“Employing the criteria of deployability to remove service members is bound to be greeted with deep opposition. ‘Transgender people are just as deployable as other service members,’ said Sue Fulton, the former president of Sparta, a military organization for lesbian, gay, bisexual and transgender people that advocates for open service. ‘Other service members may undergo procedures when they are at home base, just as other service members schedule shoulder surgery or gall bladder surgery.’”


  1. Alabama Senate candidate Roy Moore (R) has repeatedly questioned Barack Obama’s place of birth. As recently as December, Moore speculated that the former president was not a natural-born citizen. Moore faces Sen. Luther Strange (R) in a Sept. 26 runoff for Jeff Sessions’s former seat. (CNN)
  2. The U.S. Army has suspended numerous drill sergeants at its Fort Benning, Ga., training center as officials investigate allegations of sexual assault against at least one trainee. (Dan Lamothe)
  3. The U.S. Air Force awarded Lockheed Martin and Raytheon separate $900 million contracts to begin development of a new nuclear cruise missile. The award comes just days after the Air Force moved to reoutfit the Pentagon’s ground-based ballistic missiles. (Aaron Gregg)
  4. U.S.-led coalition airstrikes in Raqqa are killing hundreds of civilians each month, according to monitoring groups — deepening safety concerns for the thousands of families trapped inside the Islamic State’s de facto capital in Syria. (Louisa Loveluck)
  5. A federal judge who previously compared Texas’s voter ID requirements to a “poll tax” on minority voters struck down a revised version of the law — delivering yet another blow to GOP leaders in the state. Texas Attorney General Ken Paxton slammed the ruling as “outrageous” and vowed to appeal. (AP)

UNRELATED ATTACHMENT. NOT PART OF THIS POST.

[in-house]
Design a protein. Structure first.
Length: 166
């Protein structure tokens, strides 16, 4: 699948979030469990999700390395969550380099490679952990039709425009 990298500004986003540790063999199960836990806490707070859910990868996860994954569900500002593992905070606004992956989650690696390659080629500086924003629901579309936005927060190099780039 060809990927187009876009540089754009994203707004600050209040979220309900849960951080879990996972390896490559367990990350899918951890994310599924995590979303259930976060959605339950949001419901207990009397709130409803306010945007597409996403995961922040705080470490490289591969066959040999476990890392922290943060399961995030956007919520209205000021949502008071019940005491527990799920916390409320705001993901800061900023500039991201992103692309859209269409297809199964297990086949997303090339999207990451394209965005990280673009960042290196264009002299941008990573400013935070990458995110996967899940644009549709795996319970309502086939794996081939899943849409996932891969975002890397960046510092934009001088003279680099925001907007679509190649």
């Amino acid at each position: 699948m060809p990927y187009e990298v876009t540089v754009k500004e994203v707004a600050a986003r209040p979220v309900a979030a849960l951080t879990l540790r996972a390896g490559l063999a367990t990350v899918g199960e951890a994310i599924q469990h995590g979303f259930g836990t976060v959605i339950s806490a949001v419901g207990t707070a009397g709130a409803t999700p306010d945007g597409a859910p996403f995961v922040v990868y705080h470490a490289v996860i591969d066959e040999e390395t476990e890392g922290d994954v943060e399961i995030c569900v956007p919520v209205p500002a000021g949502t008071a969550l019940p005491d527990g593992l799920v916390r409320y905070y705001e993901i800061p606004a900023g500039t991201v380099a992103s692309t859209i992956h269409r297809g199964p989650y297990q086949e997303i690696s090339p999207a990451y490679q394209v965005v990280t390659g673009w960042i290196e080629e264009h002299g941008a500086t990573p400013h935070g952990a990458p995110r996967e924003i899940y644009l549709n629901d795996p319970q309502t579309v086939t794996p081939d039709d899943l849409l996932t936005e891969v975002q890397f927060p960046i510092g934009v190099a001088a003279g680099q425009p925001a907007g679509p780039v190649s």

6. James Comey has taken a lecture post at Howard University. The ousted FBI director will hold a one-year position at the university and deliver five public policy lectures. He is also slated to be the keynote speaker at a convocation ceremony for incoming students in September. (Politico)
  7. A U.S. postal worker was convicted of fraud this week after she faked cancer — and used her contrived illness to take two years of paid sick leave. As part of her punishment, a judge sentenced her to serve 652 hours of community service at a cancer treatment or hospice center — the exact number of hours she had falsified. (Alex Horton)
  8. Luxury fashion brands are distancing themselves from Louise Linton after her viral postings on Instagram. Two of the designers tagged in Linton’s Instagram post, Valentino and Tom Ford, denied any ties to the treasury secretary’s wife. (Page Six)
  9. A single lottery ticket with all six winning Powerball numbers was purchased in Massachusetts. The jackpot of $758.7 million was the second-largest grand prize in U.S. history. (Travis M. Andrews)


— Advocates for Latinos and others who protested Trump’s rally in Phoenix Tuesday night returned to the venue Wednesday morning to decry the president’s suggestion he was prepared to pardon convicted Arizona sheriff Joe Arpaio. (John Wagner)

— Arpaio told the Fox Business Network that he did not attend the rally because, “I didn’t want to be the cause of any demonstrations, riots and that type of thing.”

— “If [Arpaio] is pardoned in coming days … the move will be the latest in a long line of hotly debated political pardons that critics say violate the spirit but not the laws of executive authority,” Devlin Barrett reports: “For most applicants, seeking a pardon is a long, arduous process that begins with the pardon attorney at Justice Department headquarters …The department recommends anyone seeking pardons wait at least five years after conviction, and be able to demonstrate their remorse … Arpaio, 85, has done none of that, and it’s unlikely he will. If pardoned … [he] will be one of the rare but not unprecedented instances when a president decides to short-circuit ongoing or expected legal proceedings and preemptively grant a reprieve.